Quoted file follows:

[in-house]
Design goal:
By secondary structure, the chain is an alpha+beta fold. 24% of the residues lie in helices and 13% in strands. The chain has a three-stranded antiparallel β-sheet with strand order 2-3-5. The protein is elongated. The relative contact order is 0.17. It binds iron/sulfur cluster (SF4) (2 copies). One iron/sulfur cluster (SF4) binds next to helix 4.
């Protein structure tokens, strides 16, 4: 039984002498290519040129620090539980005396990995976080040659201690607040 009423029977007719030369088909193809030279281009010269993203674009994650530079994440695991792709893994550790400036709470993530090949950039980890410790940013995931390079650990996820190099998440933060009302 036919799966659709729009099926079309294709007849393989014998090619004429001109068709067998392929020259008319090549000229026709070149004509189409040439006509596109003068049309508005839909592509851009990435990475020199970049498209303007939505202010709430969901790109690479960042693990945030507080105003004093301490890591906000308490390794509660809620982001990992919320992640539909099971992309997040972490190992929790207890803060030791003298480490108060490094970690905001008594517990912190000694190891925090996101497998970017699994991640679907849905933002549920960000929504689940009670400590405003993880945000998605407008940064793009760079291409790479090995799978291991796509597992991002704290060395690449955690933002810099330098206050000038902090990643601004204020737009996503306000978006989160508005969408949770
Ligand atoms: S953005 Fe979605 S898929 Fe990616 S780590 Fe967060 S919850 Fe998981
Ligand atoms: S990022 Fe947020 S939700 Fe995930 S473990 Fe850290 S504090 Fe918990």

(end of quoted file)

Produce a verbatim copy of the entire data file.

[in-house]
Design goal:
By secondary structure, the chain is an alpha+beta fold. 24% of the residues lie in helices and 13% in strands. The chain has a three-stranded antiparallel β-sheet with strand order 2-3-5. The protein is elongated. The relative contact order is 0.17. It binds iron/sulfur cluster (SF4) (2 copies). One iron/sulfur cluster (SF4) binds next to helix 4.
């Protein structure tokens, strides 16, 4: 039984002498290519040129620090539980005396990995976080040659201690607040 009423029977007719030369088909193809030279281009010269993203674009994650530079994440695991792709893994550790400036709470993530090949950039980890410790940013995931390079650990996820190099998440933060009302 036919799966659709729009099926079309294709007849393989014998090619004429001109068709067998392929020259008319090549000229026709070149004509189409040439006509596109003068049309508005839909592509851009990435990475020199970049498209303007939505202010709430969901790109690479960042693990945030507080105003004093301490890591906000308490390794509660809620982001990992919320992640539909099971992309997040972490190992929790207890803060030791003298480490108060490094970690905001008594517990912190000694190891925090996101497998970017699994991640679907849905933002549920960000929504689940009670400590405003993880945000998605407008940064793009760079291409790479090995799978291991796509597992991002704290060395690449955690933002810099330098206050000038902090990643601004204020737009996503306000978006989160508005969408949770
Ligand atoms: S953005 Fe979605 S898929 Fe990616 S780590 Fe967060 S919850 Fe998981
Ligand atoms: S990022 Fe947020 S939700 Fe995930 S473990 Fe850290 S504090 Fe918990």